The Interactive Effects of Stressful Family Life Events and Cortisol Reactivity on Adolescent Externalizing and Internalizing Behaviors

Christine M. Steeger, Emily C. Cook, Christian M. Connell

Research output: Contribution to journalArticle

15 Scopus citations

Abstract

This study investigated the associations between stressful family life events and adolescent externalizing and internalizing behaviors, and the interactive effects of family life events and cortisol reactivity on problem behaviors. In a sample of 100 mothers and their adolescents (M age = 15.09; SD age = .98; 68 % girls), adolescent cortisol reactivity was measured in response to a mother–adolescent conflict interaction task designed to elicit a stress response. Mothers reported on measures of family life events and adolescent problem behaviors. Results indicated that a heightened adolescent cortisol response moderated the relations between stressful family life events and both externalizing and internalizing behaviors. Results support context-dependent theoretical models, suggesting that for adolescents with higher cortisol reactivity (compared to those with lower cortisol reactivity), higher levels of stressful family life events were associated with greater problem behaviors, whereas lower levels of stressful family life events were related to fewer problem behaviors.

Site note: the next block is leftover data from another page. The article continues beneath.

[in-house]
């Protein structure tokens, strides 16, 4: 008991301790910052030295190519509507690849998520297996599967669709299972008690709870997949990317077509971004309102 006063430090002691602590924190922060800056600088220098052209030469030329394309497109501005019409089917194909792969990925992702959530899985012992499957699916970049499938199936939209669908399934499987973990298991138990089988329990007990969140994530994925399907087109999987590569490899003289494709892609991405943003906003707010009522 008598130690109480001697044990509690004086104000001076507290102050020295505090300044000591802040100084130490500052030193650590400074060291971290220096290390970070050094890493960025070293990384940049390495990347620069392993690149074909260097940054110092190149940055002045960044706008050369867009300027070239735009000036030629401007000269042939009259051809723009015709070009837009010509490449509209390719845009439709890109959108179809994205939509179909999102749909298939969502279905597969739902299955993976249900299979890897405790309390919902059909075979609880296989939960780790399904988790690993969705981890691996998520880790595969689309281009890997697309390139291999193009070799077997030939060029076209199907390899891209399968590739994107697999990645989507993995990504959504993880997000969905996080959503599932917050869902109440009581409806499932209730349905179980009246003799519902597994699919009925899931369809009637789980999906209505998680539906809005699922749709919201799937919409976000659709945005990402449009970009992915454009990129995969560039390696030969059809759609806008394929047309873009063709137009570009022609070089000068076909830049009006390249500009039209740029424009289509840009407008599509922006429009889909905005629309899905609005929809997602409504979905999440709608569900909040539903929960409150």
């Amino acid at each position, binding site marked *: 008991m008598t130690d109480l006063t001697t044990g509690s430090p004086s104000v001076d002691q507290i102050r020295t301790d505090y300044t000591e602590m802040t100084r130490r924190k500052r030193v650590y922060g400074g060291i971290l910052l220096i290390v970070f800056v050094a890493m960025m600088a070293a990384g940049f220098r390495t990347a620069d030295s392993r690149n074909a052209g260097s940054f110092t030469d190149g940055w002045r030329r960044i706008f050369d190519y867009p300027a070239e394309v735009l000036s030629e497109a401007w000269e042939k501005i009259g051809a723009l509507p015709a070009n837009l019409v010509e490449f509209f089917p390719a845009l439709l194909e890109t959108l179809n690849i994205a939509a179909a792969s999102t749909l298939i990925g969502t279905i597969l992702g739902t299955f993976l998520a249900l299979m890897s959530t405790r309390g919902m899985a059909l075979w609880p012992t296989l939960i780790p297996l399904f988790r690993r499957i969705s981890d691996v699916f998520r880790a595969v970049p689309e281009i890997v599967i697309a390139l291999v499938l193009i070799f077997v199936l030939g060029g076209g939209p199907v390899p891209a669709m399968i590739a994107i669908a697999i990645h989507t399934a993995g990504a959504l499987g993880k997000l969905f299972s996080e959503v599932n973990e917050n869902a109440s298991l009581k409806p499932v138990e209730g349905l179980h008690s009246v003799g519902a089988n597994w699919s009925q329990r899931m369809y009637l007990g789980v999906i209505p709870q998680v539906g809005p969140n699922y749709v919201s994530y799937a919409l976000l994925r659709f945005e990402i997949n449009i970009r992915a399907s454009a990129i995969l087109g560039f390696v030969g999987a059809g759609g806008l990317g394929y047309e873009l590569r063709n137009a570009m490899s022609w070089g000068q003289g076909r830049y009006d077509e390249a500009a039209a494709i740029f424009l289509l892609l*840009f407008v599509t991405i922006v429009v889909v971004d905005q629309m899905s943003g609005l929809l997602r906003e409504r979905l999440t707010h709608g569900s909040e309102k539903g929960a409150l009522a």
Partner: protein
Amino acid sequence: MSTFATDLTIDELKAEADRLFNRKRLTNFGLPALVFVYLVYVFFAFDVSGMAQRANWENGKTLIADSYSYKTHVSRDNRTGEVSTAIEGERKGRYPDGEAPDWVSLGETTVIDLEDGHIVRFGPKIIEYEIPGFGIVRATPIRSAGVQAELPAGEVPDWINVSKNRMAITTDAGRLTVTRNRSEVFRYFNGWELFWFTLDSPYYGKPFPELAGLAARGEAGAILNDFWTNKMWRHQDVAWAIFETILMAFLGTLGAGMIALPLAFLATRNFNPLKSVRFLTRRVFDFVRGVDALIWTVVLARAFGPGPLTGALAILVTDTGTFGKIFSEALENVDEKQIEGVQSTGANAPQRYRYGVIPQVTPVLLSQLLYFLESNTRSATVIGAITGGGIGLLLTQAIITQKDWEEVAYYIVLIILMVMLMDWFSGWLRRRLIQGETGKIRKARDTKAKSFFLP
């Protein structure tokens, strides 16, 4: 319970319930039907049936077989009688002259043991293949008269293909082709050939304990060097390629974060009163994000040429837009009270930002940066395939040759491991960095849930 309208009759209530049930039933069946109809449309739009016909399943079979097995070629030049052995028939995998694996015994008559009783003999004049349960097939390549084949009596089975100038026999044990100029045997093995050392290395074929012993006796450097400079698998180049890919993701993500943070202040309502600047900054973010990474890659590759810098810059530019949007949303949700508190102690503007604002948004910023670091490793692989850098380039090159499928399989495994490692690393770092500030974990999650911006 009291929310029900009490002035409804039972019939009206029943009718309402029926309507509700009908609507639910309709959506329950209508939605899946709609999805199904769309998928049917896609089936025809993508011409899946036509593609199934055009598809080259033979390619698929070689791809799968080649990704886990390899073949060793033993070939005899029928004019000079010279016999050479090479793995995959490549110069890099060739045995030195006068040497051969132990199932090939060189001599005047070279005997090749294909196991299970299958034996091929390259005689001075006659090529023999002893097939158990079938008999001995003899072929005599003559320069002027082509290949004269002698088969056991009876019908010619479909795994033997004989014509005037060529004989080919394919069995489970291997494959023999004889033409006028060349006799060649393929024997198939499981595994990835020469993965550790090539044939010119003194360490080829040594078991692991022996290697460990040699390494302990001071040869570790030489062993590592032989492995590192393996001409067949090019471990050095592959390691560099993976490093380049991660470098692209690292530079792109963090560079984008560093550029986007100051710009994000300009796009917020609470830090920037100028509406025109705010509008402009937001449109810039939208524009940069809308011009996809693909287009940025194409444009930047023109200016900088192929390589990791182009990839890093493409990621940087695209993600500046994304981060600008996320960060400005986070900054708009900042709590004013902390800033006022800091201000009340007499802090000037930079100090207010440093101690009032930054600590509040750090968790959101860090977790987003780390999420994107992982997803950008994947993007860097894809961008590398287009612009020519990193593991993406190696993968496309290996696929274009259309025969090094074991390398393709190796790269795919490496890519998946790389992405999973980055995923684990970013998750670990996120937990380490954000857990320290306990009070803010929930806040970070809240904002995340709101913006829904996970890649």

Original languageEnglish (US)
Pages (from-to)225-234
Number of pages10
JournalChild Psychiatry and Human Development
Volume48
Issue number2
DOIs
StatePublished - Apr 1 2017

All Science Journal Classification (ASJC) codes

  • Pediatrics, Perinatology, and Child Health
  • Developmental and Educational Psychology
  • Psychiatry and Mental health

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